Child Wise CEO Bernadette Mcmenamin told News Ltd that while she supports sex education, displaying sexualised images in a freely available online encyclopaedia ‘crosses the line’.
‘Do we really need to see a woman masturbating on Wikipedia? Do we really need to see so many seconds of ejaculation?’
When an encyclopaedia topic is about masturbation, they certainly aren’t unnecessary.
As touchy or shameful as the subject of sex might be for some people, no act of censorship is more despicable than the censorship of information directly related to our bodies and health.
Wikipedia doesn’t exist to cater to individual morals or ‘lines’, it’s for sharing knowledge. If the images and videos relate to the topic than they should remain, otherwise they can be removed just as unnecessary text is. They shouldn’t be removed just because a child might see them.
Australian Womens Forum ran into trouble just for trying to publish unedited images of the vagina in an article about cosmetic surgery. Despite it being a serious piece on women’s health, the OFLC said the photographs contained genital emphasis (well duuurh) and as such should be classified Category 1 Restricted (QLD stores unable to sell). The last thing we need is for the net to follow the same route (which it is under Senator Conroy’s plan).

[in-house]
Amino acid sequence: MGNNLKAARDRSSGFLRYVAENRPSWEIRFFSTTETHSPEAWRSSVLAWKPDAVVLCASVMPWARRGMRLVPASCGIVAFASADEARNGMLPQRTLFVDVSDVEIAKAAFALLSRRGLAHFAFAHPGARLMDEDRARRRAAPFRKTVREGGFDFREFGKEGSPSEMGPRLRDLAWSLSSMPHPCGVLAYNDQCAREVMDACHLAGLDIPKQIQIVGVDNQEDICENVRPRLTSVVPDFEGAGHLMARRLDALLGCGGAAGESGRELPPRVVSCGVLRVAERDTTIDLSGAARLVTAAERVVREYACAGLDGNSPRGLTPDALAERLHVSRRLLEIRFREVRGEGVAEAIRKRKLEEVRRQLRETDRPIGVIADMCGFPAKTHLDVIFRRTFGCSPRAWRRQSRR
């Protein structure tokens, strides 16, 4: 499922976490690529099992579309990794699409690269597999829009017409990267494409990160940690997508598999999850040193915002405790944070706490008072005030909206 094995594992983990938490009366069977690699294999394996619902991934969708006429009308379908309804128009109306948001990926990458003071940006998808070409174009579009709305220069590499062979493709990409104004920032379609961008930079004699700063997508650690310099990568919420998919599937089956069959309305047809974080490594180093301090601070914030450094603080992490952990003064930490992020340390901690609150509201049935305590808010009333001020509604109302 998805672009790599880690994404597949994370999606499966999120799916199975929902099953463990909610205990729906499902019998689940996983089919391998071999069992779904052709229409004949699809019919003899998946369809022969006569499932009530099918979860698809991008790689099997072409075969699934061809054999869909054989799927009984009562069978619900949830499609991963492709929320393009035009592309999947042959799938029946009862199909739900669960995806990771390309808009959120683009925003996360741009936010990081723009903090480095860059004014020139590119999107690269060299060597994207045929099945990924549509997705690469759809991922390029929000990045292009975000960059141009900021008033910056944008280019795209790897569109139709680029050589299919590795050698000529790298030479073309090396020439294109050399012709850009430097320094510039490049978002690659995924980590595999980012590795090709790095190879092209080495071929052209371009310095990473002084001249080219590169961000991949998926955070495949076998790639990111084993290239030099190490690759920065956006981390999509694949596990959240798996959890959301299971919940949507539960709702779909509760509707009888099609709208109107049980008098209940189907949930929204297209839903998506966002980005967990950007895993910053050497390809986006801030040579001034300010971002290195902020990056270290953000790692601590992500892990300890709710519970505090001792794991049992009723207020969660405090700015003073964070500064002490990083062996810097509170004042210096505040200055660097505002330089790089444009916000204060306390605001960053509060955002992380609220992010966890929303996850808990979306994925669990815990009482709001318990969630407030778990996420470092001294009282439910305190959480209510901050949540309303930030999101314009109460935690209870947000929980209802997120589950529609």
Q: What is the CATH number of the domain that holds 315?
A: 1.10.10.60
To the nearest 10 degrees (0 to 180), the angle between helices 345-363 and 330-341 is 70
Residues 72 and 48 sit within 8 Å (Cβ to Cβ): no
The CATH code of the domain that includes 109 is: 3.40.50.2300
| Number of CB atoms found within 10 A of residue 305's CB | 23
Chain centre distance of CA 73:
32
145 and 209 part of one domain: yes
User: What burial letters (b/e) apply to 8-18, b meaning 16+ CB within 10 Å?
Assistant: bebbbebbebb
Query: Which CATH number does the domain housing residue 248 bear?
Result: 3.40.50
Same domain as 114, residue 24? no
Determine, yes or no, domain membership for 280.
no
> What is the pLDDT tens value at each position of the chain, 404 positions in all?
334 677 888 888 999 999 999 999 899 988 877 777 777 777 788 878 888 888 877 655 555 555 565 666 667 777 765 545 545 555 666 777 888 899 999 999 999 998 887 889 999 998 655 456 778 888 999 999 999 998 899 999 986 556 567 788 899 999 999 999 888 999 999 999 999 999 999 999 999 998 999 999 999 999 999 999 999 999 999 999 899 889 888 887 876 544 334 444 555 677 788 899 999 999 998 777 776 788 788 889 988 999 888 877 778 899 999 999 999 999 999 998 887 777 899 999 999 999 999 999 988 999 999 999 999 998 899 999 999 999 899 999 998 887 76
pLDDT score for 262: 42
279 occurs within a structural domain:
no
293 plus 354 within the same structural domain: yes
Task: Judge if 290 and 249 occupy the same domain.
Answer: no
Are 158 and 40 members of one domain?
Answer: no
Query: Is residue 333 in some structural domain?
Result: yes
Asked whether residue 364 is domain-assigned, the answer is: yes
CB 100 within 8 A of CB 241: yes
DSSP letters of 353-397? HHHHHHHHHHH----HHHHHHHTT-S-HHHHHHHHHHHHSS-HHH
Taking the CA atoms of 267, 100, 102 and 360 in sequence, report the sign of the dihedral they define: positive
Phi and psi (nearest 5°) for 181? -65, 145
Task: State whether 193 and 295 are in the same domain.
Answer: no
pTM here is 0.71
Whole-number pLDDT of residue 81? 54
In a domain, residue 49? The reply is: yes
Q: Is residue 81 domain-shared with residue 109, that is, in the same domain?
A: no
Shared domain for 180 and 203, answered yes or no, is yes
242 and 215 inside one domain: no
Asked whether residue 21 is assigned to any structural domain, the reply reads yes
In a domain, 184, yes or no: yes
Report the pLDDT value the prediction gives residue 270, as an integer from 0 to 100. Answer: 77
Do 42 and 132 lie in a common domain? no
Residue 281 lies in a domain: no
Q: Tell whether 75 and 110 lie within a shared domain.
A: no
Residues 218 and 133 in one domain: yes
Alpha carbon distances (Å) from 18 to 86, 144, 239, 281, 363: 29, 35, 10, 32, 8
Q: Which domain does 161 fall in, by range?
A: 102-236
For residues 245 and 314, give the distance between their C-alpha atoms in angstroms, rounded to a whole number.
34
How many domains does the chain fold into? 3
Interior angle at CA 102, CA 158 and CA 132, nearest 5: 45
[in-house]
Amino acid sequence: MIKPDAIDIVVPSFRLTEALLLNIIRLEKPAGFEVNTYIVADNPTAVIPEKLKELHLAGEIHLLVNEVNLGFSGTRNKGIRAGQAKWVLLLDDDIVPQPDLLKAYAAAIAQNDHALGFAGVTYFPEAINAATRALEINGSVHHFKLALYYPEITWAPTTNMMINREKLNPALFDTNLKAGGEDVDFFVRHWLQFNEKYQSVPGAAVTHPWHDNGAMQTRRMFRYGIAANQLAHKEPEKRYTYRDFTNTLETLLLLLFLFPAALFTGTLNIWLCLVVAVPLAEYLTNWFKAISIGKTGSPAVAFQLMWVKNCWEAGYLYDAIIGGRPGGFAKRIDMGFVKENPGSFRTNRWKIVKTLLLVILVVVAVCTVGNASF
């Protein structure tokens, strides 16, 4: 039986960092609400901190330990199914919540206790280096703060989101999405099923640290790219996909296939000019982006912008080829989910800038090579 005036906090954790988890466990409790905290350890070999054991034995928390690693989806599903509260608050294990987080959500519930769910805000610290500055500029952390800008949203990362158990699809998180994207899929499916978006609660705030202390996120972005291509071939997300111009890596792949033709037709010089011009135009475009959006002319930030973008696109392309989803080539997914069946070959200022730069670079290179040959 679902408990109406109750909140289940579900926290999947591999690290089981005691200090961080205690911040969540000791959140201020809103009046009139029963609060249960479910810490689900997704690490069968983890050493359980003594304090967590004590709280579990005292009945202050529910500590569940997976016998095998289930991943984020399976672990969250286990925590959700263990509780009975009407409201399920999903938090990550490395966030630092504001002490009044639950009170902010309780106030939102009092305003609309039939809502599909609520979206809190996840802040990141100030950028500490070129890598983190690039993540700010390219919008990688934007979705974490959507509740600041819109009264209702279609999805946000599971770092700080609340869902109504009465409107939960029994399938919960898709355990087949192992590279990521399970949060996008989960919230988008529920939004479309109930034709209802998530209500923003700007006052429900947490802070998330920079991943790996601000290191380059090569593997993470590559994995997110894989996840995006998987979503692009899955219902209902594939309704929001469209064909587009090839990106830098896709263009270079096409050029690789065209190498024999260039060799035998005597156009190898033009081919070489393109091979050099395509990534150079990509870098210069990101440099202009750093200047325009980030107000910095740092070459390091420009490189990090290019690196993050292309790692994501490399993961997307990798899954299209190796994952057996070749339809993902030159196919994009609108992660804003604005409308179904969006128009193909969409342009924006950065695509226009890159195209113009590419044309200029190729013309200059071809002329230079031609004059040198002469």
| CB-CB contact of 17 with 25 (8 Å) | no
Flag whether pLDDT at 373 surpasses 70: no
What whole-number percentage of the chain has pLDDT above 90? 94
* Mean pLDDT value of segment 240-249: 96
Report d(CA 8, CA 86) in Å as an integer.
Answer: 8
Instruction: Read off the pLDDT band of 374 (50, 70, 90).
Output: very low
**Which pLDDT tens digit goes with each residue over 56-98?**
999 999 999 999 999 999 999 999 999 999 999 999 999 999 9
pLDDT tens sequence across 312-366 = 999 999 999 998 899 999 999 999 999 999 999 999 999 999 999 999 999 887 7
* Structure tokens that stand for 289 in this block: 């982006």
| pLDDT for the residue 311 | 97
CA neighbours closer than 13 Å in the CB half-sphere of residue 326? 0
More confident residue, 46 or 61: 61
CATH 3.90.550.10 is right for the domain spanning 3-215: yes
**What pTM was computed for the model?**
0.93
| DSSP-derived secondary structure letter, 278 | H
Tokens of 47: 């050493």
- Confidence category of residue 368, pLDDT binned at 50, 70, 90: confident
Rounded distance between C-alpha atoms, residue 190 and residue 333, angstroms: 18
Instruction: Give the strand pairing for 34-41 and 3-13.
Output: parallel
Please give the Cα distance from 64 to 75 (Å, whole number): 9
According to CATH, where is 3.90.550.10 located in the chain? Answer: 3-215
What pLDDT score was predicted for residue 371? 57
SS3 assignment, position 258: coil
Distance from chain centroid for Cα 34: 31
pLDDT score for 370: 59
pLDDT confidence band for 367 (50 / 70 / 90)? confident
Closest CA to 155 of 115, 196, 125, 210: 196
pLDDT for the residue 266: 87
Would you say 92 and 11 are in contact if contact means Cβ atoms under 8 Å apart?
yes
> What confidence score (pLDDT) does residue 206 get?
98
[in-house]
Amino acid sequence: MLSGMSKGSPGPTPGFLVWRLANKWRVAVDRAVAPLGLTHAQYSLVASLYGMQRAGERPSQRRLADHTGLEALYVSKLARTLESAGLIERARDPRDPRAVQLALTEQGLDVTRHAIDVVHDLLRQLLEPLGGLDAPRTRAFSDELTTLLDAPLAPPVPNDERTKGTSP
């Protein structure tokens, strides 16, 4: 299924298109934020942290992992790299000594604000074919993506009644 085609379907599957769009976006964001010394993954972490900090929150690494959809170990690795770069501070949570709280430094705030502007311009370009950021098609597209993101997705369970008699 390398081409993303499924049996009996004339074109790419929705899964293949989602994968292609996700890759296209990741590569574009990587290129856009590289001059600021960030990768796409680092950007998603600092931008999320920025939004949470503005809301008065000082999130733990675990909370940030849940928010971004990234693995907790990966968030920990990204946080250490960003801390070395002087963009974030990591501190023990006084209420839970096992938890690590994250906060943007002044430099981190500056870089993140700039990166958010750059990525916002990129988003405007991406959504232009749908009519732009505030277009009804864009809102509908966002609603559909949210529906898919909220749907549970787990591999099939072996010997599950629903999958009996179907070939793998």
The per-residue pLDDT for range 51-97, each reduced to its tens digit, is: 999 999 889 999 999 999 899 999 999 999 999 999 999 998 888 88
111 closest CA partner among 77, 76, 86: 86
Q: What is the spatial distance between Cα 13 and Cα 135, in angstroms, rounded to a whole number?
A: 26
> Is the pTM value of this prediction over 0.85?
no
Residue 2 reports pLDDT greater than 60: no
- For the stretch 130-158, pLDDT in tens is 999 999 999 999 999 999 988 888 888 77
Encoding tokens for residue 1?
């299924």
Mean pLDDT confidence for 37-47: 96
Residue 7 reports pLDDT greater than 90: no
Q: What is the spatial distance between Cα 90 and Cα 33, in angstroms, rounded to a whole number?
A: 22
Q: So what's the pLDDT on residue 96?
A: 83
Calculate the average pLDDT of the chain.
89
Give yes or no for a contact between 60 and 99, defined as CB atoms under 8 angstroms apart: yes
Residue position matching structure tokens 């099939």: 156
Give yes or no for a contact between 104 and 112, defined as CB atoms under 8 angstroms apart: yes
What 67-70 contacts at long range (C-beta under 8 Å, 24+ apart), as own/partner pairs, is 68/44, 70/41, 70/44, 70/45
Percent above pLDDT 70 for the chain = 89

Mcmenamin also said:
‘Does that mean that when you type in ‘murder’, you should actually see someone murdering someone else?’
I hate to be the one to break it to her, but images of real murder do exist on Wikipedia, just as they do in your local public library.
Would Bernadette prefer this banned?